33. 34. Advanced biofuels & Second Gen Feedstocks <ul><li>Biobutanol Potential </li></ul><ul><li>Renewable </li></ul><ul><li>Improved performance (higher energy, lower VP) </li></ul><ul><li>Compatible with current systems </li></ul><ul><li>Cost competitive </li></ul><ul><li>Energy security </li></ul><ul><li>Building block for other fuels, chemicals </li></ul>
    34. 35. Opportunity for Malaysia The Palm Biorefinery Long – Term Opportunity: 5 – 10 years FFB CPO Fertilizer Biofuels, Chemicals, Materials Sugars Fermentation Units Fertilizer Plantation Specialty Chemicals Plantation Fronds Trunks Biorefinery
    35. 36. The Future Is Bright But Must Be Entered Carefully Energy Security Global Climate Change Drivers of a Green Economy Context for Development Food Security Sustainable Agricultural Production Food Biomass Biorefinery
    36. 37. Healthcare Biotechnology
    37. 38. Targets of opportunity <ul><li>Healthcare </li></ul><ul><ul><li>Personalized medicines and delivery </li></ul></ul><ul><ul><li>Infectious disease </li></ul></ul><ul><ul><li>Diagnostics </li></ul></ul><ul><ul><li>Clinical trials </li></ul></ul>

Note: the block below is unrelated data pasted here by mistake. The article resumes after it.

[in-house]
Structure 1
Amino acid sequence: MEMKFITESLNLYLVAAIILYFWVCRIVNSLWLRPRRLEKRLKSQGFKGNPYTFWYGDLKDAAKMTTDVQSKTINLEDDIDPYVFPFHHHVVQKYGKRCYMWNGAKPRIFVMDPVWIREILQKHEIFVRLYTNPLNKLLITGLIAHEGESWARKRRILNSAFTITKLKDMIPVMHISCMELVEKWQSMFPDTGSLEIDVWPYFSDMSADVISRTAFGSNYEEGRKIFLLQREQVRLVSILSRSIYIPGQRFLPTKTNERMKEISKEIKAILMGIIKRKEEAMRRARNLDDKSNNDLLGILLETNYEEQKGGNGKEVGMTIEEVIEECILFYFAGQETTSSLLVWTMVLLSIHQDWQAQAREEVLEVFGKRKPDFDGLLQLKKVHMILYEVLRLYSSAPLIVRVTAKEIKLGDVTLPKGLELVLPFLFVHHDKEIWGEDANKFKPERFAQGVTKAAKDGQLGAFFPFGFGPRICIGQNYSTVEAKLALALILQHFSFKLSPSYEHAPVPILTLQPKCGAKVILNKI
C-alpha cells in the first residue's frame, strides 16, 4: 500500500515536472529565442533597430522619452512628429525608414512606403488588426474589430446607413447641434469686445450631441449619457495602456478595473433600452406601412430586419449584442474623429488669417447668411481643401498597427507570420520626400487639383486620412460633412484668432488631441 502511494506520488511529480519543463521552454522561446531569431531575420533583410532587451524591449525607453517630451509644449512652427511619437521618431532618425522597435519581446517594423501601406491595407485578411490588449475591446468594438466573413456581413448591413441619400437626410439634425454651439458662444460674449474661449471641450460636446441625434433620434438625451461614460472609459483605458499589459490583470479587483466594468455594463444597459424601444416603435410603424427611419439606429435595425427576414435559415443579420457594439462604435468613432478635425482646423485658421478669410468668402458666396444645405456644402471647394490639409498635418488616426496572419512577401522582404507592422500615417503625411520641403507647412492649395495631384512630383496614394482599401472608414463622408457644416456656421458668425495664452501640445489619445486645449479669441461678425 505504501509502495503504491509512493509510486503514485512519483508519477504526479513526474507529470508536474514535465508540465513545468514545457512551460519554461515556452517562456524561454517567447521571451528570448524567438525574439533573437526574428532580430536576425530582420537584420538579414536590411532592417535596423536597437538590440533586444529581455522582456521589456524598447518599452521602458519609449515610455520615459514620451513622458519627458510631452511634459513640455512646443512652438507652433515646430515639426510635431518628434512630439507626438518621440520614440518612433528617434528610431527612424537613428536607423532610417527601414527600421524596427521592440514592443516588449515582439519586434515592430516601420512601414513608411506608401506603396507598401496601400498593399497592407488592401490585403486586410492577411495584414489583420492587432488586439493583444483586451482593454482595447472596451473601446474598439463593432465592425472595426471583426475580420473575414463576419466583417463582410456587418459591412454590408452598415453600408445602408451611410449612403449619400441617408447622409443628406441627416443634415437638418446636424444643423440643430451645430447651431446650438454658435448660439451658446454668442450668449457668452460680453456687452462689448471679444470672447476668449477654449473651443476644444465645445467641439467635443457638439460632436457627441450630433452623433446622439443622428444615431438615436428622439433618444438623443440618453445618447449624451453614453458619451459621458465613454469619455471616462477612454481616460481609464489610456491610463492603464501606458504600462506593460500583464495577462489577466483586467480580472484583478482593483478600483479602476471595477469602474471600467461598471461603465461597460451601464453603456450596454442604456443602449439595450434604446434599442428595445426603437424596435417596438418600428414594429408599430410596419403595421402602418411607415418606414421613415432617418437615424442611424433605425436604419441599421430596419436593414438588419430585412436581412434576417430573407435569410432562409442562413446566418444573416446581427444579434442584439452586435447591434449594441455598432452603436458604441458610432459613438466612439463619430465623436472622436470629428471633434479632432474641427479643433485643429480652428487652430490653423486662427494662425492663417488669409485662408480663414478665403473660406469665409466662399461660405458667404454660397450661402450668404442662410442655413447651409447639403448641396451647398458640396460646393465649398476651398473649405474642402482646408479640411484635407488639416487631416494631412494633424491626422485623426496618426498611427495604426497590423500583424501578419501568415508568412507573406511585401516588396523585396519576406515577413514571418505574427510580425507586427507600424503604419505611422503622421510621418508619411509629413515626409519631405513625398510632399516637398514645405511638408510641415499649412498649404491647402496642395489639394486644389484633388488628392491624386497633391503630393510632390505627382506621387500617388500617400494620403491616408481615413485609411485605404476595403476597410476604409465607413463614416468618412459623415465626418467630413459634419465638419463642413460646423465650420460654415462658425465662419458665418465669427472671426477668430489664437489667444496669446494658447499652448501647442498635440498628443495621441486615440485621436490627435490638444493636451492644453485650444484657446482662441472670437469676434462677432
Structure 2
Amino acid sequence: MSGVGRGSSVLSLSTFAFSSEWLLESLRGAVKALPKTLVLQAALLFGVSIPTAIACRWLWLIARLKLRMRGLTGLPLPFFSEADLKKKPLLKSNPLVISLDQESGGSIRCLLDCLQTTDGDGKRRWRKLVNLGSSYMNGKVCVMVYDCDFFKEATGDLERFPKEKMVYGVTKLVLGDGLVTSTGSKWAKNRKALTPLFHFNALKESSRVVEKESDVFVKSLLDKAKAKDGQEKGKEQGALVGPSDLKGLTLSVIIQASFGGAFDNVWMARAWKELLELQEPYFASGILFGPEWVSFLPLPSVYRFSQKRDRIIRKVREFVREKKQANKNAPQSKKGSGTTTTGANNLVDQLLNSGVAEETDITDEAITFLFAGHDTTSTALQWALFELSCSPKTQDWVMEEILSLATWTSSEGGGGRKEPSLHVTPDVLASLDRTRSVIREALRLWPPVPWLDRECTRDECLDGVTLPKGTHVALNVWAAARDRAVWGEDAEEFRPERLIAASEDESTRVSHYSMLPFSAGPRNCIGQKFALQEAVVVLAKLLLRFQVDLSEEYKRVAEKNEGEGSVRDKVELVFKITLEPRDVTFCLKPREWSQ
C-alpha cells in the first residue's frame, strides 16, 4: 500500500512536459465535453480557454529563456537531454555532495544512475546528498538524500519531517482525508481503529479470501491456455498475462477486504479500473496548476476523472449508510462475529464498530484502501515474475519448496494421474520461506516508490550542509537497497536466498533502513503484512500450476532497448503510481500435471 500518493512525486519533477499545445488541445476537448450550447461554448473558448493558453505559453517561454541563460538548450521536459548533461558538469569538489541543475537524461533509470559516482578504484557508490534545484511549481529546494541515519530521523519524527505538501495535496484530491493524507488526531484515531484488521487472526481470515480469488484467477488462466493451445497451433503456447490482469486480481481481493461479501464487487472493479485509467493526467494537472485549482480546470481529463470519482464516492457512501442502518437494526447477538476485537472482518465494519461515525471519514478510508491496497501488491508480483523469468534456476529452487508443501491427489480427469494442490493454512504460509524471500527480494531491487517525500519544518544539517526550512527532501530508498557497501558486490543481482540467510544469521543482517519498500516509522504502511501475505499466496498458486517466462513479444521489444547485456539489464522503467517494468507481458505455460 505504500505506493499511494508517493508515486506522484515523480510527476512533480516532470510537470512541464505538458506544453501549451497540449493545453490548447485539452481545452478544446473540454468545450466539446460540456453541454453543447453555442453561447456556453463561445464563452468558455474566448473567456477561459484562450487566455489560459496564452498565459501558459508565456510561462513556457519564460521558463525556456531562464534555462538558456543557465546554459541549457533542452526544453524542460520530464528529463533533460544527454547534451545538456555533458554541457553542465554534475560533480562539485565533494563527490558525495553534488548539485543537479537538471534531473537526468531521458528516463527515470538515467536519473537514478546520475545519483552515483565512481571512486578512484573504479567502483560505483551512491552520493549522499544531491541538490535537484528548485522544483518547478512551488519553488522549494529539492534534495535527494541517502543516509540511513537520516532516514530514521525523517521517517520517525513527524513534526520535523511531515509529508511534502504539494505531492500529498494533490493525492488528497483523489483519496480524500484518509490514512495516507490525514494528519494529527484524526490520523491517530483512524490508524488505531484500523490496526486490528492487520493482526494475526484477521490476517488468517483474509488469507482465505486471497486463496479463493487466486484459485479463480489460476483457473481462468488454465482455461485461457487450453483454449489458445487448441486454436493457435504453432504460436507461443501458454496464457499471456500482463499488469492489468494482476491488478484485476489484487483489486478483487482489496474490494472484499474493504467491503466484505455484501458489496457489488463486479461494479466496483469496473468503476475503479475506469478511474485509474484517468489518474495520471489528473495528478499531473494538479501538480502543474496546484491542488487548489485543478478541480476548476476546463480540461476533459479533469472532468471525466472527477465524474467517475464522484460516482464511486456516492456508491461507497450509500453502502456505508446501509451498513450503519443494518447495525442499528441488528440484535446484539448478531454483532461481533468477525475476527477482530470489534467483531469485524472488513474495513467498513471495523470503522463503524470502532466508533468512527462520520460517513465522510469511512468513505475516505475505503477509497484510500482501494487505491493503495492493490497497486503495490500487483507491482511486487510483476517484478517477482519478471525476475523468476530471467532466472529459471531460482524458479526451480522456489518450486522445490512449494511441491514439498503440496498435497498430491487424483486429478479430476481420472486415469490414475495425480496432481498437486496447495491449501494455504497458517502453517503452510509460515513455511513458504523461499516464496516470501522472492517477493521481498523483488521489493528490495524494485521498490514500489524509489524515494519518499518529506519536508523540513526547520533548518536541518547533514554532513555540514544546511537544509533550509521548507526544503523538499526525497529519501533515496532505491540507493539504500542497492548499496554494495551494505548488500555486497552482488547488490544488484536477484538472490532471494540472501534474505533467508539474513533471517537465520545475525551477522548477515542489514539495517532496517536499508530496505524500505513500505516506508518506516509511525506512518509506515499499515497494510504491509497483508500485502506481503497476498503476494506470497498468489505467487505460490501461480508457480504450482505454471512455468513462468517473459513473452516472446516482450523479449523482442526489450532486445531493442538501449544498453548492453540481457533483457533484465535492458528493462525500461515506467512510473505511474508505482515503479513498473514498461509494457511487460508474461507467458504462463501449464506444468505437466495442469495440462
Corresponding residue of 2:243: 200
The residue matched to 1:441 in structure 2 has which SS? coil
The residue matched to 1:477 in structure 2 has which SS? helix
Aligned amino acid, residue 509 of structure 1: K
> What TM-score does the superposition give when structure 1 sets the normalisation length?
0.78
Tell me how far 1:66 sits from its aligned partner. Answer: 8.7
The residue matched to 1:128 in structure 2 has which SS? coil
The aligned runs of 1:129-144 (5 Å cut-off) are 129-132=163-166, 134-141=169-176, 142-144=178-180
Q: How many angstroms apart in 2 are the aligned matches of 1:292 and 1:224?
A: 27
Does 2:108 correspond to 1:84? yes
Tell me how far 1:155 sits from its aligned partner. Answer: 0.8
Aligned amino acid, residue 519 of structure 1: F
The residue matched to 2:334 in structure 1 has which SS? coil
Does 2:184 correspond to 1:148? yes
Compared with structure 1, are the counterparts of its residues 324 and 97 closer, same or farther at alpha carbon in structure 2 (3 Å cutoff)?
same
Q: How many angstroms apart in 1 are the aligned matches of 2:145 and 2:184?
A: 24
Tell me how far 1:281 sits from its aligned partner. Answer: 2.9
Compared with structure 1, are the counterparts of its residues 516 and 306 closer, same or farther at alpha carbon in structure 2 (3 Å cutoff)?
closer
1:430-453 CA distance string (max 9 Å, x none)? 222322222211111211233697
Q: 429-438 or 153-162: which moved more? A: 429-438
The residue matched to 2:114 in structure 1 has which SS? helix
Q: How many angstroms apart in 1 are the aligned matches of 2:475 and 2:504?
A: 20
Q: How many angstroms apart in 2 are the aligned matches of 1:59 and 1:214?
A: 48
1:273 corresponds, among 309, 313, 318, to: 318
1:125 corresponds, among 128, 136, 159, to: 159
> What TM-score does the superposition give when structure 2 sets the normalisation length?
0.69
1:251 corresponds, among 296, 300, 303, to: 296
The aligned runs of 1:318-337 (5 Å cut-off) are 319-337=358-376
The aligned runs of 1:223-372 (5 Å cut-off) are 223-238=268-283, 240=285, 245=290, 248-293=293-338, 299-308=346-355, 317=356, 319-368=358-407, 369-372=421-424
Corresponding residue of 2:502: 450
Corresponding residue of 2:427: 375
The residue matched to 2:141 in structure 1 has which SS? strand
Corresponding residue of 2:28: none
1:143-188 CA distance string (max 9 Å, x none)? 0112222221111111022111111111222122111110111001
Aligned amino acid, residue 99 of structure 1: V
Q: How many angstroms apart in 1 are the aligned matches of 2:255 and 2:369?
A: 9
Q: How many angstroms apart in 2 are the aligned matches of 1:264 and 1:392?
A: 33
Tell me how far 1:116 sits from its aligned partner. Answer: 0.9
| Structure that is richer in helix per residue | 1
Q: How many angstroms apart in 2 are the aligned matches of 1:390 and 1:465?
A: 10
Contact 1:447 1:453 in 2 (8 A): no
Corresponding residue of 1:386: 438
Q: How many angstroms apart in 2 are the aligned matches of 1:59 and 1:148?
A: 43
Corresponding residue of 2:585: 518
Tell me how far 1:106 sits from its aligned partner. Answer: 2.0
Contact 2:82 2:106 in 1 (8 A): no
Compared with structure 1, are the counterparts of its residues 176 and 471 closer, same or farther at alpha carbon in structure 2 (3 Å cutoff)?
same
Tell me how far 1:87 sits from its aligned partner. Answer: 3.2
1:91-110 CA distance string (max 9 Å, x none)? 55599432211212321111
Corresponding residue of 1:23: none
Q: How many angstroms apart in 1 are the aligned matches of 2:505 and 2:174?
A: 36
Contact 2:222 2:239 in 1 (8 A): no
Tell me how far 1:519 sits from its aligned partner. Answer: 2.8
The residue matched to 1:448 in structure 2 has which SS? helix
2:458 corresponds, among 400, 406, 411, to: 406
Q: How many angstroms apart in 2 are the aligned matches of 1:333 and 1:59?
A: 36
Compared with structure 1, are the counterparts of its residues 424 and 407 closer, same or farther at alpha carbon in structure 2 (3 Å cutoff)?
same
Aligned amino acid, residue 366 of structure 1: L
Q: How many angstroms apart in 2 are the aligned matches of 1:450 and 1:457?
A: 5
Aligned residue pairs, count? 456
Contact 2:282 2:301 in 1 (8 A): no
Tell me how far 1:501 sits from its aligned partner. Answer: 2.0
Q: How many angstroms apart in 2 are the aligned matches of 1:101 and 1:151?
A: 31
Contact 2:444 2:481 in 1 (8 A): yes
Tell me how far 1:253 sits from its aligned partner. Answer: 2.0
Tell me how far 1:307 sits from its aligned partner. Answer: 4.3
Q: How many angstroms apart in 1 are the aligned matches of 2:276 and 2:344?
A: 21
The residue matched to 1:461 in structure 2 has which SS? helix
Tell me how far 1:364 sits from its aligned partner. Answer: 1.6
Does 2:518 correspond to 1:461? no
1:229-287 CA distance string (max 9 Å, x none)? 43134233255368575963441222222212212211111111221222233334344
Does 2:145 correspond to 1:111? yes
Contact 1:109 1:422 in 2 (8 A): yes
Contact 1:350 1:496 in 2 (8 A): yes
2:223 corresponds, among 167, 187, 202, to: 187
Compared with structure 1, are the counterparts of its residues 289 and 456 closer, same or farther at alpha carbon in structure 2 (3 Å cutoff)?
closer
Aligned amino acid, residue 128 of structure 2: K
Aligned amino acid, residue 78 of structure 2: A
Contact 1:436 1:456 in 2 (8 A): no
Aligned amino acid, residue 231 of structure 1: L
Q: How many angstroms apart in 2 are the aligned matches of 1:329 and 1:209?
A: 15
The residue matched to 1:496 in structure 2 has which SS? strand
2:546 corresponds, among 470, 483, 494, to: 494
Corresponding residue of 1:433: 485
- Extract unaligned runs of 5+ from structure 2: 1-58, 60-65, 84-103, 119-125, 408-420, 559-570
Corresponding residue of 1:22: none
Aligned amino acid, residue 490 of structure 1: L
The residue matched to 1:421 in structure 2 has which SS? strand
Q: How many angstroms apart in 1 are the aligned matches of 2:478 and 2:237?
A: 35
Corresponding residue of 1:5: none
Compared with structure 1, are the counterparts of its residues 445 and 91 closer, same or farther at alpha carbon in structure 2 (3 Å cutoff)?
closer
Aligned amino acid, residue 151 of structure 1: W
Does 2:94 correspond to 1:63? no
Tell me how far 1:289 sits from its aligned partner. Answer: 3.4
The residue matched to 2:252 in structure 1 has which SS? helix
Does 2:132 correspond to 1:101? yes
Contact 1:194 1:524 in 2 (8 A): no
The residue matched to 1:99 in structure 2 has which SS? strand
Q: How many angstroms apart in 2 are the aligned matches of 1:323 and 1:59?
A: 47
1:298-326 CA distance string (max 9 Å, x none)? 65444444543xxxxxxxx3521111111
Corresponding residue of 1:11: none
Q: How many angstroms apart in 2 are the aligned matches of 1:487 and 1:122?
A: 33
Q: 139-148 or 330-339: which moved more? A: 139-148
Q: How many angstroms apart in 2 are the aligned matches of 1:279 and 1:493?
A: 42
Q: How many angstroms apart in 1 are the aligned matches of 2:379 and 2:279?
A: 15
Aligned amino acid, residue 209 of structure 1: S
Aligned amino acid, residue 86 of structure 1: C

38. 39. The Three Forces Shaping the Evolution of Healthcare <ul><ul><li>Source: George Poste </li></ul></ul>access, cost and quality of care proficient use of information (e.health) molecular and personalized medicine
    39. 40. Longer Term Risk Assessment (prediction) Driving to Prevention: <ul><li>Genome wide association studies not just BRAC 1&2 </li></ul><ul><ul><li>Navigenics </li></ul></ul><ul><ul><li>DeCode </li></ul></ul><ul><ul><li>23andMe </li></ul></ul><ul><li>Shorter term, high accuracy risk assessment/clinical support tools </li></ul><ul><ul><li>Proventys </li></ul></ul><ul><ul><li>Labcorp </li></ul></ul><ul><ul><li>Quest </li></ul></ul><ul><ul><li>Roche </li></ul></ul><ul><ul><li>Genomic Health </li></ul></ul><ul><ul><li>XDx </li></ul></ul><ul><ul><li>CardioDx </li></ul></ul>Right Drug, Right Disease, Right Time Predisposition
    40. 41. Pharma is looking to diagnostic partners to support their therapeutic activities Pharma Diagnostic Partnership Deals
    41. 42. Big “New” Markets <ul><li>Alzheimer's/memory </li></ul><ul><li>Obesity/diabetes/metabolic disease </li></ul><ul><li>Anti-aging </li></ul><ul><li>Anti infectives (antibiotic resistance) </li></ul><ul><li>Wellness (preventative/predictive cure) </li></ul>